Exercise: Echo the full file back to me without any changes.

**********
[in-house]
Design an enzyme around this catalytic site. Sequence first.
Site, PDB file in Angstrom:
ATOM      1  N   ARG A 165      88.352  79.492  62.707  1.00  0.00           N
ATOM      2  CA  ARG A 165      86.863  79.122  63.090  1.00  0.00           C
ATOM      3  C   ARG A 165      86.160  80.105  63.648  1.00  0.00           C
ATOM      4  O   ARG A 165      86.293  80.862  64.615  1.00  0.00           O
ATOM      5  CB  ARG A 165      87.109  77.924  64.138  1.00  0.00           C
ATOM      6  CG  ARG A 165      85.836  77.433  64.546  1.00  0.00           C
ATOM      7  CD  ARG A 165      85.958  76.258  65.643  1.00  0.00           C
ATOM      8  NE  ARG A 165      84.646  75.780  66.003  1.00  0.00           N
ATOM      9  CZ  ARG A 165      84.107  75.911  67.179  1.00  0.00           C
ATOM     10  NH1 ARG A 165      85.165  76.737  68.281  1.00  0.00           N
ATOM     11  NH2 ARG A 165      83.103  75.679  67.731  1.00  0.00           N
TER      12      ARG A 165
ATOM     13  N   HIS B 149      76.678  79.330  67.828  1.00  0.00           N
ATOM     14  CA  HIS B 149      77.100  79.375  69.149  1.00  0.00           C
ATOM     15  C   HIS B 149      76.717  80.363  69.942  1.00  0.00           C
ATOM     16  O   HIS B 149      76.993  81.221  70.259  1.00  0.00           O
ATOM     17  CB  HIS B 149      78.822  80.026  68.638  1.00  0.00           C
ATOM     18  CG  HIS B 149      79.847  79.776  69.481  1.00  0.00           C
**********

[in-house]
Design an enzyme around this catalytic site. Sequence first.
Site, PDB file in Angstrom:
ATOM      1  N   ARG A 165      88.352  79.492  62.707  1.00  0.00           N
ATOM      2  CA  ARG A 165      86.863  79.122  63.090  1.00  0.00           C
ATOM      3  C   ARG A 165      86.160  80.105  63.648  1.00  0.00           C
ATOM      4  O   ARG A 165      86.293  80.862  64.615  1.00  0.00           O
ATOM      5  CB  ARG A 165      87.109  77.924  64.138  1.00  0.00           C
ATOM      6  CG  ARG A 165      85.836  77.433  64.546  1.00  0.00           C
ATOM      7  CD  ARG A 165      85.958  76.258  65.643  1.00  0.00           C
ATOM      8  NE  ARG A 165      84.646  75.780  66.003  1.00  0.00           N
ATOM      9  CZ  ARG A 165      84.107  75.911  67.179  1.00  0.00           C
ATOM     10  NH1 ARG A 165      85.165  76.737  68.281  1.00  0.00           N
ATOM     11  NH2 ARG A 165      83.103  75.679  67.731  1.00  0.00           N
TER      12      ARG A 165
ATOM     13  N   HIS B 149      76.678  79.330  67.828  1.00  0.00           N
ATOM     14  CA  HIS B 149      77.100  79.375  69.149  1.00  0.00           C
ATOM     15  C   HIS B 149      76.717  80.363  69.942  1.00  0.00           C
ATOM     16  O   HIS B 149      76.993  81.221  70.259  1.00  0.00           O
ATOM     17  CB  HIS B 149      78.822  80.026  68.638  1.00  0.00           C
ATOM     18  CG  HIS B 149      79.847  79.776  69.481  1.00  0.00           C